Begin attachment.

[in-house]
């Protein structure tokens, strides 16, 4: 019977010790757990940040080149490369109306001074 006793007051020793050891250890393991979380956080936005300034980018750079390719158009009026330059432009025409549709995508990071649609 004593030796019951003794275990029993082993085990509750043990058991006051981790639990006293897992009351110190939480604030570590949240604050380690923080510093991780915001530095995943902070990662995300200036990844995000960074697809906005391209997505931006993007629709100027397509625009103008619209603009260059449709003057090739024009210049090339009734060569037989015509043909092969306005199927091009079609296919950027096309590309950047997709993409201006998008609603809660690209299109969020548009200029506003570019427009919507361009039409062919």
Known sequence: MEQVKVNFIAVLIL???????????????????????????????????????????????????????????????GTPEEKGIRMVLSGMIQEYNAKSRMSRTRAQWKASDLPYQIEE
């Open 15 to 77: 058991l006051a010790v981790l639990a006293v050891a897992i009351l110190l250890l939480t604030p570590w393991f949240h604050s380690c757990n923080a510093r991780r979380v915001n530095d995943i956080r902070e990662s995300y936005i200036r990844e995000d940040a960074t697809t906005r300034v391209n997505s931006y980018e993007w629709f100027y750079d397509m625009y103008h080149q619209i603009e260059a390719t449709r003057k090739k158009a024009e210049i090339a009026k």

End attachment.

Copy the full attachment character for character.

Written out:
[in-house]
């Protein structure tokens, strides 16, 4: 019977010790757990940040080149490369109306001074 006793007051020793050891250890393991979380956080936005300034980018750079390719158009009026330059432009025409549709995508990071649609 004593030796019951003794275990029993082993085990509750043990058991006051981790639990006293897992009351110190939480604030570590949240604050380690923080510093991780915001530095995943902070990662995300200036990844995000960074697809906005391209997505931006993007629709100027397509625009103008619209603009260059449709003057090739024009210049090339009734060569037989015509043909092969306005199927091009079609296919950027096309590309950047997709993409201006998008609603809660690209299109969020548009200029506003570019427009919507361009039409062919």
Known sequence: MEQVKVNFIAVLIL???????????????????????????????????????????????????????????????GTPEEKGIRMVLSGMIQEYNAKSRMSRTRAQWKASDLPYQIEE
């Open 15 to 77: 058991l006051a010790v981790l639990a006293v050891a897992i009351l110190l250890l939480t604030p570590w393991f949240h604050s380690c757990n923080a510093r991780r979380v915001n530095d995943i956080r902070e990662s995300y936005i200036r990844e995000d940040a960074t697809t906005r300034v391209n997505s931006y980018e993007w629709f100027y750079d397509m625009y103008h080149q619209i603009e260059a390719t449709r003057k090739k158009a024009e210049i090339a009026k």